Biodegradable Thermoplastic Natural Fiber CompositeEPA Contract Number: EPD07039
Title: Biodegradable Thermoplastic Natural Fiber Composite
Investigators: Li, Yan
Small Business: NaSource Company
EPA Contact: Manager, SBIR Program
Project Period: March 1, 2007 through August 31, 2007
Project Amount: $70,000
RFA: Small Business Innovation Research (SBIR) - Phase I (2007) RFA Text | Recipients Lists
Research Category: SBIR - Green Buildings , Small Business Innovation Research (SBIR)
This SBIR Phase I project aims to develop low-cost and fully biodegradable composites based on plant fibers and a thermoplastic lignin resin. The lignin resin will be based on chemically modified industrial byproduct lignins and will be specially formulated to obtain suitable tensile and shear strengths. It will be made compatible with plant fibers and thus afford good fiber-matrix adhesion and achieve fiber reinforcement effects. The resulting composites are expected to possess adequate mechanical properties for many structural and nonstructural applications such as building materials, furniture, packaging and casing for consumer products, and disposable containers. The success of this project could lead to the first commercialization of lignin-plant fiber composites. These composites can be manufactured in any size and shape using state-of-the-art robust processing technologies such as hot-melt pressing and injection-molding. They will be recyclable and fully degradable at end-of-life. Strong growth in the composite materials market will provide the niche as well as long-term potential for the biodegradable composite products.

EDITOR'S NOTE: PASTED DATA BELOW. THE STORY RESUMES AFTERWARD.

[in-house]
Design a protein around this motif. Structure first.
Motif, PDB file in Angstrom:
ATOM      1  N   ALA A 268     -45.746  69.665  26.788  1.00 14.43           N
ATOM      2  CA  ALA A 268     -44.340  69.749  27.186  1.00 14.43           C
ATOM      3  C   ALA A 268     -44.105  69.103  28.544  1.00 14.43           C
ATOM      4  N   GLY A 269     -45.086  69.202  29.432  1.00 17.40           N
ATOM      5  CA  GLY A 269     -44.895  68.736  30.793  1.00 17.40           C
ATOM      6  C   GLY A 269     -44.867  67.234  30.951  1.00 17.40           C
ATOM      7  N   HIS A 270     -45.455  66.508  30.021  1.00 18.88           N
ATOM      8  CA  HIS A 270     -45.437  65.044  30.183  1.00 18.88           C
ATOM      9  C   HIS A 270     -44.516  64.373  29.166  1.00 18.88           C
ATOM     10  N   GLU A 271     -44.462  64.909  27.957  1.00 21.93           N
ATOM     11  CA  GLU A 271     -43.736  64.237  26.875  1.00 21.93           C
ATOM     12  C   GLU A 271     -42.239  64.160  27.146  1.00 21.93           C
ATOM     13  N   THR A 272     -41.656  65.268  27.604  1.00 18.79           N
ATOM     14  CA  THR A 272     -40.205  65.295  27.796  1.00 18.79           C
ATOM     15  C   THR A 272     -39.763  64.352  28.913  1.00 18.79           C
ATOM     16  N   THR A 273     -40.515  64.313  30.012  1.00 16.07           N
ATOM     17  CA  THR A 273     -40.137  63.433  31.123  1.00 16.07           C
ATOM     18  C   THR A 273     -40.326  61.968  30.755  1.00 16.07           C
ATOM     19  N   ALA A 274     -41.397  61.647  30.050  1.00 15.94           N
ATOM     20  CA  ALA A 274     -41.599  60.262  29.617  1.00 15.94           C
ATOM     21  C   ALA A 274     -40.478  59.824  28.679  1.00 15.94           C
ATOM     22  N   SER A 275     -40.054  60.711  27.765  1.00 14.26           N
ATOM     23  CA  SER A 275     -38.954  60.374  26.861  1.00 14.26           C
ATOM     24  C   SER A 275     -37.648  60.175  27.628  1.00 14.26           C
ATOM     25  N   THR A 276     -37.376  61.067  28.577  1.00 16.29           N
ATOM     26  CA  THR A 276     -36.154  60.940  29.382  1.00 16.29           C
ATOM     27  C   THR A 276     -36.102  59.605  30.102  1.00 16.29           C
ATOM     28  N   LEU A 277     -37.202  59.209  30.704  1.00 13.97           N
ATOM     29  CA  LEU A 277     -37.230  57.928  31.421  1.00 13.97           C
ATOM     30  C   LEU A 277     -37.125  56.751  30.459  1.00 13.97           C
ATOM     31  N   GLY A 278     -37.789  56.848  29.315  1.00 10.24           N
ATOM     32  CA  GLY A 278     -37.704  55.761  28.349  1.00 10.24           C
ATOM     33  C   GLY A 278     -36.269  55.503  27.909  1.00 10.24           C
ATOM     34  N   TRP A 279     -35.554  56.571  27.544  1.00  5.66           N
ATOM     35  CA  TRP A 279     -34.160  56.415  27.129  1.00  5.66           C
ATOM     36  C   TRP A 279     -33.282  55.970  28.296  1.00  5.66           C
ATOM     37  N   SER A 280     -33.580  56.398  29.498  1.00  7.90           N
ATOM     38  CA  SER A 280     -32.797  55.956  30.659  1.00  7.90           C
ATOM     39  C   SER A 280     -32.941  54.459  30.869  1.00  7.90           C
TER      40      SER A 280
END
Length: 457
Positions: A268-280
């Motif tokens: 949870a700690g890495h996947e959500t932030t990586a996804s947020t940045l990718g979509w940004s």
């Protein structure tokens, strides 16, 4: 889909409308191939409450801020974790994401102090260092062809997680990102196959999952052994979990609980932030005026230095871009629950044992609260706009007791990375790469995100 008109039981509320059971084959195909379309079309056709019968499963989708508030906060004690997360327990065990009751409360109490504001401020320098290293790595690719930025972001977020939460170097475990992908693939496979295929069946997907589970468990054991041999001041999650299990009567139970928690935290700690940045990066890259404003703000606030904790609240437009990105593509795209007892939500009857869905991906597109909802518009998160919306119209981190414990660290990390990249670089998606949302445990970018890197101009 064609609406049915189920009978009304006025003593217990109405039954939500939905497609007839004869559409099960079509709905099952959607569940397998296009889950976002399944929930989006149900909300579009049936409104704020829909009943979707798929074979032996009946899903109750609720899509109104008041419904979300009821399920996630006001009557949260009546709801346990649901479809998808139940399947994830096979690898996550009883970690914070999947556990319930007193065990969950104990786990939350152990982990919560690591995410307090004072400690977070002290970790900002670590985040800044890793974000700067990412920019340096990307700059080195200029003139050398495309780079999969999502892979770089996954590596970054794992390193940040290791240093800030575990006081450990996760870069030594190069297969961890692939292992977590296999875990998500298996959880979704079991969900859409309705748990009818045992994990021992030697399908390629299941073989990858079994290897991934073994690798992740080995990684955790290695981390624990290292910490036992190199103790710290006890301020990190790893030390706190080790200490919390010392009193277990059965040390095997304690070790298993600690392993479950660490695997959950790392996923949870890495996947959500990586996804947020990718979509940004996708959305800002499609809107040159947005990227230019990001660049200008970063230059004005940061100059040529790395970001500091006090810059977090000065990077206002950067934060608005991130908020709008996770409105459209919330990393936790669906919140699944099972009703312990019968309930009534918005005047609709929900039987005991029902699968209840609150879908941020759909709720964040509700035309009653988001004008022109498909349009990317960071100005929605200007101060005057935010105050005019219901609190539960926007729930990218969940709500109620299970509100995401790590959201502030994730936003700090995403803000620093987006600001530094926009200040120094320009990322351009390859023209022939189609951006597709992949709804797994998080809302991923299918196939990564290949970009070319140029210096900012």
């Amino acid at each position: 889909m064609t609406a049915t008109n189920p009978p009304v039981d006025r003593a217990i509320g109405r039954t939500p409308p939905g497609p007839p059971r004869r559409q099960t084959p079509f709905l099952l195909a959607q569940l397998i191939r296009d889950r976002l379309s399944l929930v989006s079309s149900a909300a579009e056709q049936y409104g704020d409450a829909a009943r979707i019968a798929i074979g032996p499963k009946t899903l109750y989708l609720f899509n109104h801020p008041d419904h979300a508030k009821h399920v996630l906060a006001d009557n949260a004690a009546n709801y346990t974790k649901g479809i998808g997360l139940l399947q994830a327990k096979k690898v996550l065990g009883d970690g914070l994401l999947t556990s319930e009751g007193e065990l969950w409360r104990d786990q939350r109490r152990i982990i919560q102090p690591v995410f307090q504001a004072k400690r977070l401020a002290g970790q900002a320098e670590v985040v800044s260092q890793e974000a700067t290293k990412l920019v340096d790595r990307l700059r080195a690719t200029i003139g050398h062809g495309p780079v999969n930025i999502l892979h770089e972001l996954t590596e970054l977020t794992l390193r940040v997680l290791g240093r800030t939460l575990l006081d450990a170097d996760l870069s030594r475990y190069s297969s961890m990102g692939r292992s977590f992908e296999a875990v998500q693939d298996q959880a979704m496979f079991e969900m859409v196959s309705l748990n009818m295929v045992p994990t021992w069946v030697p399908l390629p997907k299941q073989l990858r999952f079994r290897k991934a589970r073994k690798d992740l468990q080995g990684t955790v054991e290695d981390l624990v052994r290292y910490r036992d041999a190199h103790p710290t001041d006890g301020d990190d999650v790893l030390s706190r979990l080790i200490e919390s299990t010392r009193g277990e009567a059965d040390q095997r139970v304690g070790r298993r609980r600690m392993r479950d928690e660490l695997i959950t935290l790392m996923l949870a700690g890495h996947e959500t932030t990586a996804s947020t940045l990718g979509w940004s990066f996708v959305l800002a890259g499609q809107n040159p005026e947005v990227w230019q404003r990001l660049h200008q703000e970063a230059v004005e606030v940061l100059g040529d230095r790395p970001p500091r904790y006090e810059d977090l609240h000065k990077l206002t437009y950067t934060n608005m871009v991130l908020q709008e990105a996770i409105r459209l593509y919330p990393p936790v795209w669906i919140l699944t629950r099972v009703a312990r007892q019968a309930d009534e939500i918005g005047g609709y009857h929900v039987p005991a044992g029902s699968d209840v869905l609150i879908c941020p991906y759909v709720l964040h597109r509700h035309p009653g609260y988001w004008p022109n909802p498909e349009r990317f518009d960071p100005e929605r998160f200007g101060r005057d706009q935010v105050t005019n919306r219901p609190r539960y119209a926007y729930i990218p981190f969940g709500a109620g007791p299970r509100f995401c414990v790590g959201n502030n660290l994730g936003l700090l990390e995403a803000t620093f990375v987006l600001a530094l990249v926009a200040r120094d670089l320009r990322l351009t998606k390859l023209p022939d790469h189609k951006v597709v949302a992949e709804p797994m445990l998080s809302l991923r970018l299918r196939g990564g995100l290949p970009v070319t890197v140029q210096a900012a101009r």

As the worldwide plastic litter problem is ever-growing and the concept of sustainability is more widely accepted, the low cost and biodegradability of the proposed lignin-plant fiber composites will drive their commercial success and propel widespread use of environmentally friendly materials from renewable sources. The production of value-added composites using byproduct lignins will have a positive impact on the overall economics of any biorefinery process in terms of increasing revenue and profit. The development of biocomposites from abundant and renewable natural resources also provides a strategic alternative to rapidly depleting petroleum. It will contribute to increasing national security, protecting the environment, creating jobs, and boosting the economy.